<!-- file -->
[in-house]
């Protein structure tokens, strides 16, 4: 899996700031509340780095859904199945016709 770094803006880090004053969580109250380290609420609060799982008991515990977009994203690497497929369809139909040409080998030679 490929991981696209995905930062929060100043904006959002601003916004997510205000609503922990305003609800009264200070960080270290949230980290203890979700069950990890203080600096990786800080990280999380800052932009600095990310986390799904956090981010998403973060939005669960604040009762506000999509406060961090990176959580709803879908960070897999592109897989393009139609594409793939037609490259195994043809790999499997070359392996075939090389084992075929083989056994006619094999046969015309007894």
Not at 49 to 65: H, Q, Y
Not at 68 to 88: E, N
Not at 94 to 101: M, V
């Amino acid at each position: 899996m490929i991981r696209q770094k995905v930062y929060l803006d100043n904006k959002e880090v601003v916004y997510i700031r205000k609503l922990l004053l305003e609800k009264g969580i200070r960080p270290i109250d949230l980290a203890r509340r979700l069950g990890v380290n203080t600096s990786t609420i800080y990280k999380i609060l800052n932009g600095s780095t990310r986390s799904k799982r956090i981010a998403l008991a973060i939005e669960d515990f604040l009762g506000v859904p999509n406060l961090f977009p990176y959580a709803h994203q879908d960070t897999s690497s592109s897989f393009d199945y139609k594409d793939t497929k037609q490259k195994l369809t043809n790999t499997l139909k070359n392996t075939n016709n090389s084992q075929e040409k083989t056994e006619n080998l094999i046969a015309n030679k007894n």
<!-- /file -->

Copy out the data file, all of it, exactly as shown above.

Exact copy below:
[in-house]
């Protein structure tokens, strides 16, 4: 899996700031509340780095859904199945016709 770094803006880090004053969580109250380290609420609060799982008991515990977009994203690497497929369809139909040409080998030679 490929991981696209995905930062929060100043904006959002601003916004997510205000609503922990305003609800009264200070960080270290949230980290203890979700069950990890203080600096990786800080990280999380800052932009600095990310986390799904956090981010998403973060939005669960604040009762506000999509406060961090990176959580709803879908960070897999592109897989393009139609594409793939037609490259195994043809790999499997070359392996075939090389084992075929083989056994006619094999046969015309007894």
Not at 49 to 65: H, Q, Y
Not at 68 to 88: E, N
Not at 94 to 101: M, V
């Amino acid at each position: 899996m490929i991981r696209q770094k995905v930062y929060l803006d100043n904006k959002e880090v601003v916004y997510i700031r205000k609503l922990l004053l305003e609800k009264g969580i200070r960080p270290i109250d949230l980290a203890r509340r979700l069950g990890v380290n203080t600096s990786t609420i800080y990280k999380i609060l800052n932009g600095s780095t990310r986390s799904k799982r956090i981010a998403l008991a973060i939005e669960d515990f604040l009762g506000v859904p999509n406060l961090f977009p990176y959580a709803h994203q879908d960070t897999s690497s592109s897989f393009d199945y139609k594409d793939t497929k037609q490259k195994l369809t043809n790999t499997l139909k070359n392996t075939n016709n090389s084992q075929e040409k083989t056994e006619n080998l094999i046969a015309n030679k007894n």